Suddenly, it looks like an electrical storm has appeared in the subway car. It’s a race against time to figure out the puzzle or else they’ll die. Underneath a seat, a purse is found with a pedal that the trapped people use for purposes that won’t be revealed in this review. The subway car’s overhead electronic announcement sign gives ominous messages with clues on how to solve the life-or-death puzzle in a very limited of time.
These clues are extremely and unnecessarily complicated to stretch out each scene into a tangled web of people shouting out theories that they think will solve the puzzle. They see an announcement that says “Beware of False Advertising.” Zoey immediately figures out that means they should look for misspelling on the ads in the subway car. Somehow, these missing letters are linked to obsolete subway tokens that mysteriously show up and have to correspond with the number of passenger handles located on the upper rails in the subway car.
Zoey has quickly figured out that there are 26 of these passenger handles in the subway car, so of course they correspond with the 26 letters of the English alphabet. One of the passenger handles has a green stripe and another handle at the opposite end of the car has a red stripe. In lightning-quick speed, Zoey deduces that the green-striped handle stands for the letter “a,” and the red-striped handle stands for the letter “z.”
And so, when certain misspelled or missing letters are found on the subway ads, there’s a mad dash to find the passenger handles that correspond with that letter of the alphabet. When these handles are pulled, they reveal tokens that have to be put in a token slot box before time runs out. They’re supposed to do all of this in about 10 minutes, which is a ridiculously short amount of time for even the most logical, genius-level person to figure out while tapped in a subway car filled with electrical lightning that could kill anyone at any moment.
Conveniently, the subway car has a trap door that opens if they figure out the puzzle in time. And you know that this puzzle will be solved, because if it wasn’t solved, “Escape Room: Tournament of Champions” would be a very short movie. Other puzzle scenarios in “Escape Room: Tournament of Champions” include figuring out elaborate codes in a deserted bank with deadly security lasers; trying not to get trapped in quicksand on an idyllic-looking beach; and figuring out how to get protection when stuck out on a street where it’s literally pouring acidic rain.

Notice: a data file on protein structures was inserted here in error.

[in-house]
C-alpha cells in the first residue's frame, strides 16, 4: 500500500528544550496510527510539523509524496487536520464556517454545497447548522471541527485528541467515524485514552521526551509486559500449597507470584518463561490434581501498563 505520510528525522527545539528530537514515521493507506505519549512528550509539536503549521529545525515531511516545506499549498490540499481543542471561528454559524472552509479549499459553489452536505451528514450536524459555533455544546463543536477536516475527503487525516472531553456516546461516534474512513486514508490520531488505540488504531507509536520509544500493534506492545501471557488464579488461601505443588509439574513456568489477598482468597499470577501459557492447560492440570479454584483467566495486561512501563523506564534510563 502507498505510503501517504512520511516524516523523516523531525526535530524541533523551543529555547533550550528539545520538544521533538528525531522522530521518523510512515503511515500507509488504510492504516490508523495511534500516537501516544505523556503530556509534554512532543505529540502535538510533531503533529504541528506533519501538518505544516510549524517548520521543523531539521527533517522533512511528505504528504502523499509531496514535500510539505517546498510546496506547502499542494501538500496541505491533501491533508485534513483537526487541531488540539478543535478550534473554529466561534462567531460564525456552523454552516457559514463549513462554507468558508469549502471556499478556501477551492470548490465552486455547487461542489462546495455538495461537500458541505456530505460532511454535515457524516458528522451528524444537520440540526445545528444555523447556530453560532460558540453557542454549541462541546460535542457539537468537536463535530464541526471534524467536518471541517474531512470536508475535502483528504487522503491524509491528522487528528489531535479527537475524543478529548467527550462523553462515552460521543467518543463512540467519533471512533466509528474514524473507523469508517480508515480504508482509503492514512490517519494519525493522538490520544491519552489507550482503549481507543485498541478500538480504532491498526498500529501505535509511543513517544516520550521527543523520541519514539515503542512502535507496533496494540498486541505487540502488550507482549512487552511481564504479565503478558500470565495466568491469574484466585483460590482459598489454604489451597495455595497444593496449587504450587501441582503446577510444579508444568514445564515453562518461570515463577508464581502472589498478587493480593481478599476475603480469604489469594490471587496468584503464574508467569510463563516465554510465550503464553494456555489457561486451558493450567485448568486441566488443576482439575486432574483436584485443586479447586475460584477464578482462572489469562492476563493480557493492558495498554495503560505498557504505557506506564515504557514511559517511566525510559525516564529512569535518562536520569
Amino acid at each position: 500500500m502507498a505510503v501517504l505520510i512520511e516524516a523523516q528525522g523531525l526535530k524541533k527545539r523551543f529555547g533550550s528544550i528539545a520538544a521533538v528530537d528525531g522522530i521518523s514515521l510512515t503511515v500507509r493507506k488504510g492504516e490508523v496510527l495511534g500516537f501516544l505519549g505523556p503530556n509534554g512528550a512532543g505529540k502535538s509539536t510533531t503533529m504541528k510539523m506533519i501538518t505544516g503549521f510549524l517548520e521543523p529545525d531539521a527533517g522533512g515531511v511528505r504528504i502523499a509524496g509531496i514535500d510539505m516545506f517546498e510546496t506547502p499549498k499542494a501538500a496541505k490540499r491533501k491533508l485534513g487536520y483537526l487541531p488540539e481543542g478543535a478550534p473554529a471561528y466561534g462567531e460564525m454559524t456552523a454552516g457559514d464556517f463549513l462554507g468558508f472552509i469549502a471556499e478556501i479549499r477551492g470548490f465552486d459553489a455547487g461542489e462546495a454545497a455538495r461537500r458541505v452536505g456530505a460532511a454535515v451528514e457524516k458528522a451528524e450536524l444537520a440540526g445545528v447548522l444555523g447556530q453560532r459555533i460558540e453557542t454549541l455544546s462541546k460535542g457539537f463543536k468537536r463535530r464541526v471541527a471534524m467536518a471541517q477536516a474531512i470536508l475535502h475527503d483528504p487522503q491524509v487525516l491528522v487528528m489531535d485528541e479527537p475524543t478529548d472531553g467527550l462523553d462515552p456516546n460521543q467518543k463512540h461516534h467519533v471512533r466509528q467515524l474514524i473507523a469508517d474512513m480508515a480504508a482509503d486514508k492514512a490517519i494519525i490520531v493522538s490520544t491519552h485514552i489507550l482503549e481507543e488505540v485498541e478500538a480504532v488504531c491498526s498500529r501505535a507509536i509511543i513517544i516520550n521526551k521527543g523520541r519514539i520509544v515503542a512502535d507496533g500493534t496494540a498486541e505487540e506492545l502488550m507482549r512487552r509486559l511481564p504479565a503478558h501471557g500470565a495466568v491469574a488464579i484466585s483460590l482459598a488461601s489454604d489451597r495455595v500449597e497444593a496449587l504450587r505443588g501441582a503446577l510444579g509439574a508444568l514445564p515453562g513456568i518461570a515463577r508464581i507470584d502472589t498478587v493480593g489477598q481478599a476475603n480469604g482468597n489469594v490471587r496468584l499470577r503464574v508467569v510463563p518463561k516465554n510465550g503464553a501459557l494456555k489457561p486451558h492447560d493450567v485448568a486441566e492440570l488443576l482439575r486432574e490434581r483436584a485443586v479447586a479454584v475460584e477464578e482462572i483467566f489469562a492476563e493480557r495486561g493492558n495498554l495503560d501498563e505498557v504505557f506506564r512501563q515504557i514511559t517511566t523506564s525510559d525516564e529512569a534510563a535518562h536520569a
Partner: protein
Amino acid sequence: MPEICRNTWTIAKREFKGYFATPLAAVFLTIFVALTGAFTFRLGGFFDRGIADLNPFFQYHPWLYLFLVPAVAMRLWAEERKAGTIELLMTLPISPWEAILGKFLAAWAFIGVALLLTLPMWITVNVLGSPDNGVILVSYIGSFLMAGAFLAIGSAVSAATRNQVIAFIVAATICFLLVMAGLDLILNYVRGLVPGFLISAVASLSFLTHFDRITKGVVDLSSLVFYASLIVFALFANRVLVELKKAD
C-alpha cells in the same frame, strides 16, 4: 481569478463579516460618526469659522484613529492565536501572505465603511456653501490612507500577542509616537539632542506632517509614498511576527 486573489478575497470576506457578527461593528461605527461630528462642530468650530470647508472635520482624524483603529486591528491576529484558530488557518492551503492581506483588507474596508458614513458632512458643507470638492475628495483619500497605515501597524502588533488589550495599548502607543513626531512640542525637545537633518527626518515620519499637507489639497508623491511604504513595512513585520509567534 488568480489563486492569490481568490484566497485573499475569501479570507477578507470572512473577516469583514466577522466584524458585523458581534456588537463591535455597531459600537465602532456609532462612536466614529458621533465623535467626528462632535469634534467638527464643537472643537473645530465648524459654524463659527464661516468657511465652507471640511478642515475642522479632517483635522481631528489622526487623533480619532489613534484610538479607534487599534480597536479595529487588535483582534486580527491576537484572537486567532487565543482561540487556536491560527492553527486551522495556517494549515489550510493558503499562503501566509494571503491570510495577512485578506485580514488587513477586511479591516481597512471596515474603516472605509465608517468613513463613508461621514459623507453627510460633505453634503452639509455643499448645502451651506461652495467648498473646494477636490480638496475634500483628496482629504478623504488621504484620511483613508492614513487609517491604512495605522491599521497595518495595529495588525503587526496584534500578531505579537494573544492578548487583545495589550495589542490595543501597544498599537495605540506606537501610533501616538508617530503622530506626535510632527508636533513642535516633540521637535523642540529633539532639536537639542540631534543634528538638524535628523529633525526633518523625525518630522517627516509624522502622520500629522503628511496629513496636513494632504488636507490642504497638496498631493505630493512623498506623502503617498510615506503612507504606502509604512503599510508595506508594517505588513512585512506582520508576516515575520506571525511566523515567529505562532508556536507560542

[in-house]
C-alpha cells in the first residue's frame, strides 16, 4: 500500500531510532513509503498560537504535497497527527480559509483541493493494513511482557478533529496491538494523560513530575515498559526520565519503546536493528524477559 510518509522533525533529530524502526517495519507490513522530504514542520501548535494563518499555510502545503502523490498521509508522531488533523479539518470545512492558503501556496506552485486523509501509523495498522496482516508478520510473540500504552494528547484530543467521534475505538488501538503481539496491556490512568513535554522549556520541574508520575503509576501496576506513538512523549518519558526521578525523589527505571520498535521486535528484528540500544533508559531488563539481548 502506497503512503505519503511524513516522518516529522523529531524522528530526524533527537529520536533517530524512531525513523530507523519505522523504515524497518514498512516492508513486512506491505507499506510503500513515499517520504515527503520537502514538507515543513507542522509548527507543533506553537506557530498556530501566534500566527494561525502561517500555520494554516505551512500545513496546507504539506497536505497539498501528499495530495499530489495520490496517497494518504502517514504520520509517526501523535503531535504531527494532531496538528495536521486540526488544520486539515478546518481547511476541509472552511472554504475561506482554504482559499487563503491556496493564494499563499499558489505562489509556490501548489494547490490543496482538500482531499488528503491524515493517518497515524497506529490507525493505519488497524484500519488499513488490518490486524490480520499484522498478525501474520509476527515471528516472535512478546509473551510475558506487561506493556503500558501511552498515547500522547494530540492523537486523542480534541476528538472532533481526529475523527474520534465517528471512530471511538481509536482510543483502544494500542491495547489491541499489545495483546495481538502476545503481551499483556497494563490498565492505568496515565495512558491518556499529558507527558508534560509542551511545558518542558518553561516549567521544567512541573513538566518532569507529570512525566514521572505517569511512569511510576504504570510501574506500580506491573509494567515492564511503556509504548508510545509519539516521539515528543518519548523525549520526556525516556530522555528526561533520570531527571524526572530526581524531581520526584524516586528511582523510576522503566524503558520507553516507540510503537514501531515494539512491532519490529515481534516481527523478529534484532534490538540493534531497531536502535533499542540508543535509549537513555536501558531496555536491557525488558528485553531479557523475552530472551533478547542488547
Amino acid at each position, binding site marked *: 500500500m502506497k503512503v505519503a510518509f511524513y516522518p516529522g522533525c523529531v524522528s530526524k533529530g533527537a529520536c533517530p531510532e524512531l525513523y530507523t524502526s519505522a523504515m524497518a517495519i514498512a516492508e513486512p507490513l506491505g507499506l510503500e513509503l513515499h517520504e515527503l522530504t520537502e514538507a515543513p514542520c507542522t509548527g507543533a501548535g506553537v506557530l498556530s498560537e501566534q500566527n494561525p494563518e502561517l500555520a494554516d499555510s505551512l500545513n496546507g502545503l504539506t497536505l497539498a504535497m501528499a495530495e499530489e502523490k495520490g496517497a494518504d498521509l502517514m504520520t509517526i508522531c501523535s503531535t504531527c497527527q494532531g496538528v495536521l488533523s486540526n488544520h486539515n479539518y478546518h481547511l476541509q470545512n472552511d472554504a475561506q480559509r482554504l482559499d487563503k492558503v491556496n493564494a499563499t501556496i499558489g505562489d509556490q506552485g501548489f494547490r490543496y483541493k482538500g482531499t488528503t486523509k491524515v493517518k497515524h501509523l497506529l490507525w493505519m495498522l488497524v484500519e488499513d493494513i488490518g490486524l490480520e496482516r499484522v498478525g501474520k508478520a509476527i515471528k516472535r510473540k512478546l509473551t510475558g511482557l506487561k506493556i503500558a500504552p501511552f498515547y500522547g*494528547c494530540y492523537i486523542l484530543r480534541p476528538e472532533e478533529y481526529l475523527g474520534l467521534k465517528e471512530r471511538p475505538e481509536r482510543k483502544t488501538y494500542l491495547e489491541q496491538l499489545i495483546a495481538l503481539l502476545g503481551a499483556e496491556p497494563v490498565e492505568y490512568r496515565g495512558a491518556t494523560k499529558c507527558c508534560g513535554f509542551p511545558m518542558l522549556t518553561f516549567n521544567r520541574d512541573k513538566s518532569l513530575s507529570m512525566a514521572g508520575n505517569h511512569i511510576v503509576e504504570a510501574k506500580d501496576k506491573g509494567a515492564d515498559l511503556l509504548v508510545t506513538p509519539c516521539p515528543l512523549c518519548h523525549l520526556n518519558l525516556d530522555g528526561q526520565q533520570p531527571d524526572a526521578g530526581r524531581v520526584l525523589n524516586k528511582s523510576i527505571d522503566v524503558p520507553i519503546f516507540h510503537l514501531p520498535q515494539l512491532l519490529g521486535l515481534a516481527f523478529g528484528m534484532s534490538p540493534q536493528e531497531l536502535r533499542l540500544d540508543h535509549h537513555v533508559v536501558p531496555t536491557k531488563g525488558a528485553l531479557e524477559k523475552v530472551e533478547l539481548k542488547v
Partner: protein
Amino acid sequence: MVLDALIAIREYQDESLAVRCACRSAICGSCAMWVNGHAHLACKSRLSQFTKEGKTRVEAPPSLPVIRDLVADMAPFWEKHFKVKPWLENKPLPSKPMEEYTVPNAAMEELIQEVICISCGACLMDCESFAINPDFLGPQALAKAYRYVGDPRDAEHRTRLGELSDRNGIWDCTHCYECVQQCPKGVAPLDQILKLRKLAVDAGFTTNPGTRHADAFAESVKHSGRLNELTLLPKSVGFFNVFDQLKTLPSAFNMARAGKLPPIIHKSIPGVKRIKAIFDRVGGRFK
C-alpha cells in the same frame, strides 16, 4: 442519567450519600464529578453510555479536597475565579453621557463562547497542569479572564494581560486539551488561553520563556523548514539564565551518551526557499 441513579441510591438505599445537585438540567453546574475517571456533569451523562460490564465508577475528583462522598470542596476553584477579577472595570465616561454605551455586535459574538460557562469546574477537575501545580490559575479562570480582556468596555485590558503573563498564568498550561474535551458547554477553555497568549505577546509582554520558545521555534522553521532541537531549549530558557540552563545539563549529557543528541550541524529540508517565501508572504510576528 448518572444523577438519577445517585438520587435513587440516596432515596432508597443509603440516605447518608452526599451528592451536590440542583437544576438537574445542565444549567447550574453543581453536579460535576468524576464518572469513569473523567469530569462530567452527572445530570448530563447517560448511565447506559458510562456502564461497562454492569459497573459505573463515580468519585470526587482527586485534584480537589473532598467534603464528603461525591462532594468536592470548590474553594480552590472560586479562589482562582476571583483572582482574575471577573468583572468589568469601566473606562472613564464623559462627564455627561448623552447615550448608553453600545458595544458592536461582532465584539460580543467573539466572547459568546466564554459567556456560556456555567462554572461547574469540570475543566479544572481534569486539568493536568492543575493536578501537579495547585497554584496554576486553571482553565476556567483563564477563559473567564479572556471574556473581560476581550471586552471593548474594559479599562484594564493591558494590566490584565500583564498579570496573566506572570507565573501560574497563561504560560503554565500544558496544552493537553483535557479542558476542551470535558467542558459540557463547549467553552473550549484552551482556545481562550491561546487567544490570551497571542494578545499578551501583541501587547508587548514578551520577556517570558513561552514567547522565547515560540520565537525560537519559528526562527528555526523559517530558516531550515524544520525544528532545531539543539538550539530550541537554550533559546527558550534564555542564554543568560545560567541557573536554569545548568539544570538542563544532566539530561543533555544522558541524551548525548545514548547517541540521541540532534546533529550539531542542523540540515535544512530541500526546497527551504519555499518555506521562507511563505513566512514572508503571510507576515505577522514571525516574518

“Escape Room: Tournament of Champions” has a semi-obsession with burning or electrocuting the people who are trapped in this moronic game. And the movie has moments that are unintentionally funny because they’re so badly written. None of the acting in this movie is outstanding. It’s all very formulaic.
And forget about getting to know the characters in the movie, because they’re as hollow as hollow can be. Except for Zoey and Ben, none of the characters has a significant backstory. People who saw the first “Escape Room” movie will learn nothing new about Zoey and Ben in this sequel.
It’s mentioned that Brianna is a travel vlogger, but she’s such a stereotypical screaming ninny in a horror movie that she couldn’t find her way out of a paper bag. Theo is a lunkhead who foolishly thinks he can strong-arm his way out of the escape room. Nathan has a vaguely mentioned troubled past that he’d like to forget, while Rachel is just forgettable.
Instead of having actual personalities, the characters in “Escape Room” are just lines of horribly written dialogue and just spend a lot of time shouting at each other about what they think they should do next. Because they don’t always agree, the bickering wastes even more time. And there’s always one second left in the countdown when anyone survives in time to go on to the next puzzle. It all becomes so tedious and predictable after a while.
Perhaps the most awful part of “Escape Room: Tournament of Champions” is that it tells viewers that any death that happens in this movie series might not be a real death. One of the people who “died” in the first “Escape Room” movie suddenly shows up to help in “Escape Room: Tournament of Champions.” Because this is such a terrible movie, there’s no logical reason given for why or how this person survived, even though the death was clearly shown in the first “Escape Room” movie.
Zoey and Ben are shocked to see this person, who has this vapid explanation when Zoey and Ben ask why this person isn’t dead: “If you didn’t see it, it didn’t happen.” In other words, more mindless excuses to have plot holes. And that means more ridiculousness if the “Escape Room” movie series continues. The dimwitted end of “Escape Room: Tournament of Champions” makes it clear that the filmmakers want to dump more “Escape Room” movies into the world. That’s a trap that fans of good horror movies can avoid.
Columbia Pictures will release “Escape Room: Tournament of Champions” in U.S. cinemas on July 16, 2021.